Climate Change, Drought, Demographics Changing Way Lawn Care is Approached
By Cynthia Drummond / ecoRI News contributor
April 25, 2022
RICHMOND, R.I. — Love them or hate them, lawns aren’t going to disappear from the New England landscape anytime soon. Caring for those islands of green can be as casual as an occasional mowing, or as involved as season-long programs that include watering, adding nutrients and eliminating weeds and insect pests.
In drought-prone states such as Texas, where Ruemmele worked before coming to Rhode Island, many municipalities require homeowners to use xeriscaping, landscapes composed of plants that need much less water than traditional lawns.
Here in R.I., Ruemmele said lawns remain popular because they provide areas for recreation, and they are less likely to harbor ticks.
“One of the advantages, of course, of having at least some lawn near your buildings is, you don’t have to worry as much about deer ticks. That’s the big issue,” she said.
Recent hot, dry summers have resulted in watering restrictions in many towns, leaving lawns brown and stressed and prompting calls to URI from homeowners asking what they can do to counteract the effects of drought.
“We tend to have fairly regular rainfalls, but when there are droughts, the years we have droughts are when people all of a sudden go ‘Oh, maybe I should be concerned about it,’ and that’s when we get more calls and requests for information,” Ruemmele said.
Some homeowners are taking a more radical approach and reducing the sizes of their lawns. Young people may not be as interested in lawn maintenance and older couples who no longer have children at home don’t need the recreation space.
“As people seem to be aging, they’re more interested in not having as big of a lawn area,” Ruemmele said. “Some of these people who are reducing their lawn are spending hours and hours every week maintaining the alternative plants they put in, so it very much depends upon what kind of plants you decide to put in whether or not you’re going to be saving time, because if you’ve got a lawn, essentially, mow it once a week.”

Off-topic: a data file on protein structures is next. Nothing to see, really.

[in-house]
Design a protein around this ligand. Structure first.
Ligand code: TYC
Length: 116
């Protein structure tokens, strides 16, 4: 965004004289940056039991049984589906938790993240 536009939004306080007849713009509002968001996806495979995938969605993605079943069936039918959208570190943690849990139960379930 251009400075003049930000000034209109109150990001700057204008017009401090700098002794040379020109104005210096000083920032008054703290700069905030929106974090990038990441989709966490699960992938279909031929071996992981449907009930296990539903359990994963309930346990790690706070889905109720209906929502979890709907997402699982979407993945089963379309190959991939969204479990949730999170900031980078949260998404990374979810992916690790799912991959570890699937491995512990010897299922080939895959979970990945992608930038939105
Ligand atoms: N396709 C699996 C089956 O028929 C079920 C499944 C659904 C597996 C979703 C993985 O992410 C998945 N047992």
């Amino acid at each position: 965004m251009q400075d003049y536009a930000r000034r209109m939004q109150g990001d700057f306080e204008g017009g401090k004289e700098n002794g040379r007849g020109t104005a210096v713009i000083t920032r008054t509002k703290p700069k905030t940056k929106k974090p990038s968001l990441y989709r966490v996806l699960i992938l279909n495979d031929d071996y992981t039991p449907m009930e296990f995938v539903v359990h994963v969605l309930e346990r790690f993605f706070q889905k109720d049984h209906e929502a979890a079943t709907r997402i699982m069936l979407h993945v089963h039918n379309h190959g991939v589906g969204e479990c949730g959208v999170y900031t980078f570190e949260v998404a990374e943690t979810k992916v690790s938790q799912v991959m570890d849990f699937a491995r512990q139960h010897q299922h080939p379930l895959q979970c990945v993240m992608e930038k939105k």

The most widely-used turf grass species, Kentucky blue grass, is not considered to be drought-tolerant, although Ruemmele said the original blue grasses were much tougher than the varieties sold today.
“For years, people associated it with high maintenance and that’s because, back when we were less concerned about the environment, breeders developed grasses that responded to increased irrigation and increased fertility, whereas the more common types of Kentucky blue grasses…they are the ones that were adapted to whatever the environment threw at them, so they were able to tolerate periods of stress and that’s a major emphasis that turf breeders have gone back to.”
With nutrient runoff, much of it from fertilizers, polluting coastal waters, Ruemmele said municipalities are beginning to restrict outdoor water use as well as the types of fertilizers that homeowners can apply to their lawns.
“The emphasis is on, especially, not automatically applying a fertilizer, emphasizing that you’re going to be getting a test of your [turf] fertility every couple of years and then only applying the fertilizer that’s recommended,” she said.
As an example, Ruemmele cited the intensively marketed “four step” program, in which most of the steps are usually unnecessary.